Sex. It’s not just for Showtime and HBO anymore. Not when the History Channel , of all places, can find a way to turn five hours of genitalia, breasts and copulation imagery/discussion into something both educational and reasonably enlightening.
Like the sex act itself, the five-pronged miniseries docu (airing nightly from Aug. 16-20 at 11 p.m. PT/10 p.m. ET) tends to be a little bit awkward at the start. Narrated with typically booming authority by Peter Coyote, “History of Sex” curiously travels in reverse order, beginning with the 20th century and working its way back to an overview of sex among ancient civilizations. Indeed, we learn here that — contrary to some revisionist doctrine — sex has been with us for centuries. Why, some believe it goes clear back to the dawn of time itself. Really.
Opening hour is a whirlwind of sexual notes, quotes and anecdotes, blending archival footage and stills with such talking heads as Playboy guru Hugh Hefner, former Cosmopolitan editor Helen Gurley Brown, Dr. Ruth Westheimer and a laundry list of human sexuality authors and educators.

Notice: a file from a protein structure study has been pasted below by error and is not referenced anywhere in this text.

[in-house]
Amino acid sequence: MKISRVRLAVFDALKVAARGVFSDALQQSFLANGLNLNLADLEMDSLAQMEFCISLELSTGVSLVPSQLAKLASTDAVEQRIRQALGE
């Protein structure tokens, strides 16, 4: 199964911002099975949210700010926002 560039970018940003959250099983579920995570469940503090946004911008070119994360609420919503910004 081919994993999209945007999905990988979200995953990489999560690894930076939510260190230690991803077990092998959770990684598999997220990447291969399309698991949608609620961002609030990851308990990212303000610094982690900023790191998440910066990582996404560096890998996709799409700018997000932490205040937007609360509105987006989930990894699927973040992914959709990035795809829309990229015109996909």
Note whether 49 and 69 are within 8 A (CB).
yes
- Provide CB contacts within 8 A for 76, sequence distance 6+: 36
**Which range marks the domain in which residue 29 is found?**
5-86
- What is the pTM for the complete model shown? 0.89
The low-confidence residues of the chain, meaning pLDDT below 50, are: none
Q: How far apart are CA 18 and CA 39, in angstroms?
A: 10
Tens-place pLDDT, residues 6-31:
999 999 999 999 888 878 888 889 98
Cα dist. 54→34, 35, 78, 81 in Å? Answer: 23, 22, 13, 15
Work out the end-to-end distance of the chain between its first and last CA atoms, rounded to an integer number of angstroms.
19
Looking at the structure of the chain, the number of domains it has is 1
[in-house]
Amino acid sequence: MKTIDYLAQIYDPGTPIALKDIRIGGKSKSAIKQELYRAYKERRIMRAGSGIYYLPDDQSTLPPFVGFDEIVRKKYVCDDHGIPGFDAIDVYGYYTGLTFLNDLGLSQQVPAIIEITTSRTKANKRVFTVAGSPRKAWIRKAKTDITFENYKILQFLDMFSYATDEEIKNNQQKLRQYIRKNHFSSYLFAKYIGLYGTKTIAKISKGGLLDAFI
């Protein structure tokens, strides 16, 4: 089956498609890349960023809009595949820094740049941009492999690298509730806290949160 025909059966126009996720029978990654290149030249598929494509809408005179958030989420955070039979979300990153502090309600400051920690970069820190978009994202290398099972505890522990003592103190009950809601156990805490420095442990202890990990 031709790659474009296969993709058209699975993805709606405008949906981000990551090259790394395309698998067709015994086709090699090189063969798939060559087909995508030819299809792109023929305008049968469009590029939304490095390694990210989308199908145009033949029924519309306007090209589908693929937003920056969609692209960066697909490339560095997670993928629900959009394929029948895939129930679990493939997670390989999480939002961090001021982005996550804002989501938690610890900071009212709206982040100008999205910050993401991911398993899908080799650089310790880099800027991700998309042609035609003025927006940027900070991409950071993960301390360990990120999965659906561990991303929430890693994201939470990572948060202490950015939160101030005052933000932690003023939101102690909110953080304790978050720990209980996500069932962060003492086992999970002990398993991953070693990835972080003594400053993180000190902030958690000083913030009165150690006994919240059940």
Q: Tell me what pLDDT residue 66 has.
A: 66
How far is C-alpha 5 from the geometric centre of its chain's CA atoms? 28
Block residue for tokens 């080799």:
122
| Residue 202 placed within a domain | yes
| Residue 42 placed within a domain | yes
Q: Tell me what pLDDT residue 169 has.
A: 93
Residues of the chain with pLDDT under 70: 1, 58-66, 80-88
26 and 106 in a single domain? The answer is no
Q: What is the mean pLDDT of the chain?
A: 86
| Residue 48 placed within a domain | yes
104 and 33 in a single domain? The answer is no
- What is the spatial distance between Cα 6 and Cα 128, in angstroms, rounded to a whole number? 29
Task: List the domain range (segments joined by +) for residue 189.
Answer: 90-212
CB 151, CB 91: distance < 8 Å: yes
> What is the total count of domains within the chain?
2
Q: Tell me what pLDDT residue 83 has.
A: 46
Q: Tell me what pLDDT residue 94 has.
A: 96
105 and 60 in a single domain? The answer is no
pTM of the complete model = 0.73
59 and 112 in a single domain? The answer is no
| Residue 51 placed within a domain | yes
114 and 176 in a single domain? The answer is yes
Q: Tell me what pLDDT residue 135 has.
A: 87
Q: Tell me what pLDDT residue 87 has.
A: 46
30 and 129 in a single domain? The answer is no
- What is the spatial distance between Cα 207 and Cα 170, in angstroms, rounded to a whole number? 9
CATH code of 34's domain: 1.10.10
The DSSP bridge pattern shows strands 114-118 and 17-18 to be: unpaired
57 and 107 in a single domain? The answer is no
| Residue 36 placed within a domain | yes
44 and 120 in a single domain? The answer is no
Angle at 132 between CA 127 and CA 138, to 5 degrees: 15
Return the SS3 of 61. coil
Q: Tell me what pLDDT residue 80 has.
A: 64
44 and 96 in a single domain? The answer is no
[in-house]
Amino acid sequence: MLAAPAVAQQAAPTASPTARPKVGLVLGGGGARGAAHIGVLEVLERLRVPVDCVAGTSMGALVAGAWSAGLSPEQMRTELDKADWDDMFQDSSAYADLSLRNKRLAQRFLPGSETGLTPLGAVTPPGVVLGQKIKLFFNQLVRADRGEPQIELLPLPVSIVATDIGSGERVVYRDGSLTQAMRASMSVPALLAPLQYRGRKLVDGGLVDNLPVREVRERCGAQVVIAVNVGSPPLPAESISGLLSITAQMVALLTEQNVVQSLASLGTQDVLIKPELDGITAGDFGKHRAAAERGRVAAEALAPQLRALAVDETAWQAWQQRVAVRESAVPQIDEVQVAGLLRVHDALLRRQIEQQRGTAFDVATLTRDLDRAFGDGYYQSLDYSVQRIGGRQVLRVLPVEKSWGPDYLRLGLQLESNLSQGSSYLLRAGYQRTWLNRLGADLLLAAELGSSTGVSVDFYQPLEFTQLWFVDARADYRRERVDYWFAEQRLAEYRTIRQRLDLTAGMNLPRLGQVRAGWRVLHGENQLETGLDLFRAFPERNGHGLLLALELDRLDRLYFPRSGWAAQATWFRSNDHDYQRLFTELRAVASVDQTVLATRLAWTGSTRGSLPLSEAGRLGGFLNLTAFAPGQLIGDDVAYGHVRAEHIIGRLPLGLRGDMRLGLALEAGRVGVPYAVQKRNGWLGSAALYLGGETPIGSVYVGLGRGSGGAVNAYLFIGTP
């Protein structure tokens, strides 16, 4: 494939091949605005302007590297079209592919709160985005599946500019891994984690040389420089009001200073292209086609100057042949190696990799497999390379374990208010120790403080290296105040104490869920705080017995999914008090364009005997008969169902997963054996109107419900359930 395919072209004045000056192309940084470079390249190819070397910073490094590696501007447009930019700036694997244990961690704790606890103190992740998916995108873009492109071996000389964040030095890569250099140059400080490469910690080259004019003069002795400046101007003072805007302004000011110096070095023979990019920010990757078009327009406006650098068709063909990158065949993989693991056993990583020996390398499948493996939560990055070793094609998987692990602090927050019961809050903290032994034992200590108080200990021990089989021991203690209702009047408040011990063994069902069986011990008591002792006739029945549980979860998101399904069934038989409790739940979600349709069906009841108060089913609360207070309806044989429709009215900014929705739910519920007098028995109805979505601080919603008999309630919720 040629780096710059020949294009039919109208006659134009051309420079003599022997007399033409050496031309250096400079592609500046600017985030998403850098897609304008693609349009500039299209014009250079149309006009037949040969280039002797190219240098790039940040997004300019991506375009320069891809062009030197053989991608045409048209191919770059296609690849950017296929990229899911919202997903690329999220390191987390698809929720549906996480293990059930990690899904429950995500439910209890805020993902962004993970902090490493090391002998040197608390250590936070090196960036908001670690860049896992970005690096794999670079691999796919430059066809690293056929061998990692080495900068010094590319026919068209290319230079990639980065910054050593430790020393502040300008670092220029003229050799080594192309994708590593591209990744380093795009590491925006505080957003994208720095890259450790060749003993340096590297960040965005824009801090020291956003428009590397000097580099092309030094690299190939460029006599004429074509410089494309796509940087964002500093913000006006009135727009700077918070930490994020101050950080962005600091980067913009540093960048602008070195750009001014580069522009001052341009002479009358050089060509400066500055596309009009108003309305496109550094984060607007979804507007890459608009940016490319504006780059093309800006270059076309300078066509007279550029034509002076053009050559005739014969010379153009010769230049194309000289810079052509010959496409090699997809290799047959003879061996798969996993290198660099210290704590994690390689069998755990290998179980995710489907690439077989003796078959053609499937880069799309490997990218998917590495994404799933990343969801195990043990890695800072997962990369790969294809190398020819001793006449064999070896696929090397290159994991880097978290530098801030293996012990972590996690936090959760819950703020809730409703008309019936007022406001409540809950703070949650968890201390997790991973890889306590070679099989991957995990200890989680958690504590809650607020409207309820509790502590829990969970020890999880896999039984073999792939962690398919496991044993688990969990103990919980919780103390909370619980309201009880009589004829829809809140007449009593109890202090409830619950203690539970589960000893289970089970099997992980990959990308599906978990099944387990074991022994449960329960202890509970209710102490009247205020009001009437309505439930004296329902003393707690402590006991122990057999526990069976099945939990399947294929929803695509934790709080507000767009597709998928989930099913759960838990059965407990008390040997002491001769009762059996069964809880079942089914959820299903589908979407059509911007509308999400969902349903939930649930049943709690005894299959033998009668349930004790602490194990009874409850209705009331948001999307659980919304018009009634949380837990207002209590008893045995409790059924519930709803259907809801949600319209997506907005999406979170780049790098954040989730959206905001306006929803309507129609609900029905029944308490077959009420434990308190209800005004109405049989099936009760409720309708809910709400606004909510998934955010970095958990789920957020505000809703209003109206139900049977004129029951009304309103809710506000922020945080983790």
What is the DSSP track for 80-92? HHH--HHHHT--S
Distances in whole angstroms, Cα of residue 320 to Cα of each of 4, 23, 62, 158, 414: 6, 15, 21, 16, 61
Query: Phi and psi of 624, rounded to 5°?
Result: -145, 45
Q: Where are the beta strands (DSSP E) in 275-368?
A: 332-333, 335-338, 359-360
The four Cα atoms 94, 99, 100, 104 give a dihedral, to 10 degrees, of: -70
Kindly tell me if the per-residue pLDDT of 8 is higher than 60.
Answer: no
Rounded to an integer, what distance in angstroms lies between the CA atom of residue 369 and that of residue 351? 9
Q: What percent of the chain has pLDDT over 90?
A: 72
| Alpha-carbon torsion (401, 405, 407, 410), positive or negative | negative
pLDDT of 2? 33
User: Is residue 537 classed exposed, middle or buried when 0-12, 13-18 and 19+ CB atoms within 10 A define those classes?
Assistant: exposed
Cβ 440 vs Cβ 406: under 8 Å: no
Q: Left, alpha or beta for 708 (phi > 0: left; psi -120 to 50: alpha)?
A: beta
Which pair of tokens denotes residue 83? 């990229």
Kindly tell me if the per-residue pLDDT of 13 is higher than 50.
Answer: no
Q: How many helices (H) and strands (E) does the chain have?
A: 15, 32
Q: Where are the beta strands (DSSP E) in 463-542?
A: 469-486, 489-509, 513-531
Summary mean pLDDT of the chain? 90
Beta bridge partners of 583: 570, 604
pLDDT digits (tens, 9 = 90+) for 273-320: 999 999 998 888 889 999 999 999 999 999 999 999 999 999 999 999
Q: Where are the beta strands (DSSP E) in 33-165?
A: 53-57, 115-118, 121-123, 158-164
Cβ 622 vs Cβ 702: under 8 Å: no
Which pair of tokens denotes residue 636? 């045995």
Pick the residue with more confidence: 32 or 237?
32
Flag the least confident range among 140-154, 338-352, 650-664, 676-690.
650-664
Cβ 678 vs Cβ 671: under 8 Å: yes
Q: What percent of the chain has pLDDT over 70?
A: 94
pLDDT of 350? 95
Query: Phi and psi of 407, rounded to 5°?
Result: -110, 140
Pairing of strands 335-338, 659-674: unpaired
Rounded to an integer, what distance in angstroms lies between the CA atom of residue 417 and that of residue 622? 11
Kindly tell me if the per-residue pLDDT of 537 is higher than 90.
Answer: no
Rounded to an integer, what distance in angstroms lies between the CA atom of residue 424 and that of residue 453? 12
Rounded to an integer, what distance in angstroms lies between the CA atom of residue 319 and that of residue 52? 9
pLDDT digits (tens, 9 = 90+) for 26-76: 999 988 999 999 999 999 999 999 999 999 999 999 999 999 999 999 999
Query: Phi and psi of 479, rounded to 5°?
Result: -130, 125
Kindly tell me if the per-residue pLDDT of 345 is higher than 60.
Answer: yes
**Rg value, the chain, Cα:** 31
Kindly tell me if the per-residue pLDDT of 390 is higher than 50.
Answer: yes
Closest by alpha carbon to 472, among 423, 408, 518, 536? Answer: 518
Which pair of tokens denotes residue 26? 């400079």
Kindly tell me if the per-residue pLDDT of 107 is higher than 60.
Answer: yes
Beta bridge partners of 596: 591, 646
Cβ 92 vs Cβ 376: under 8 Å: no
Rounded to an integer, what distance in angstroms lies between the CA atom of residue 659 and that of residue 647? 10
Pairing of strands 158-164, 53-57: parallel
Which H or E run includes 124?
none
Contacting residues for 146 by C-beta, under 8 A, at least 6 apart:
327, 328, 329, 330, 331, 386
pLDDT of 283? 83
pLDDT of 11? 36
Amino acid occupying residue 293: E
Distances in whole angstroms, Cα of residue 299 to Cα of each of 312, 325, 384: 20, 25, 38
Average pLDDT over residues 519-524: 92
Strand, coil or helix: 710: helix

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We learn a lot of cool stuff that drives home the point of just how lame and repressed the United States remained throughout most of this century — or at least until the birth control pill materialized. The moralistic movie code of the 1930s was so restrictive in matters of flesh and bodily functions that it banned even depictions of cows being milked.That first seg ultimately strains under the weight of trying to pack 100 eventful years into roughly 46 minutes, racing through the sexual revolution of the 1960s and ’70s with blinding speed that coats the proceedings with a layer of superficiality akin to a one-night stand.
Thankfully, “History of Sex” settles down and finds its groove in its second night, a fascinating examination of carnal quirks and extremes titled “From Don Juan to Queen Victoria.” Turns out the Marquis de Sade was not a nice guy.Doc moves seamlessly into third installment studying “The Middle Ages” and the way sexual beliefs evolved during the period.
Fourth hour on sex and spirituality in Eastern cultures, “The Eastern World,” lags, but finale canvassing “Ancient Civilizations” and the offbeat sexual views and practices throughout ancient Greece, Egypt and Rome closes things out with flair.
In the main, mini is painstakingly and energetically fashioned by director-executive producers Jim Milio, Mark Hufnail and Melissa Jo Peltier, bolstered by a lively style that never plays as gratuitous. Then again, how can you really miss with something called “The History of Sex”? It’s about as risky as the Food Network doing “The History of Chocolate.”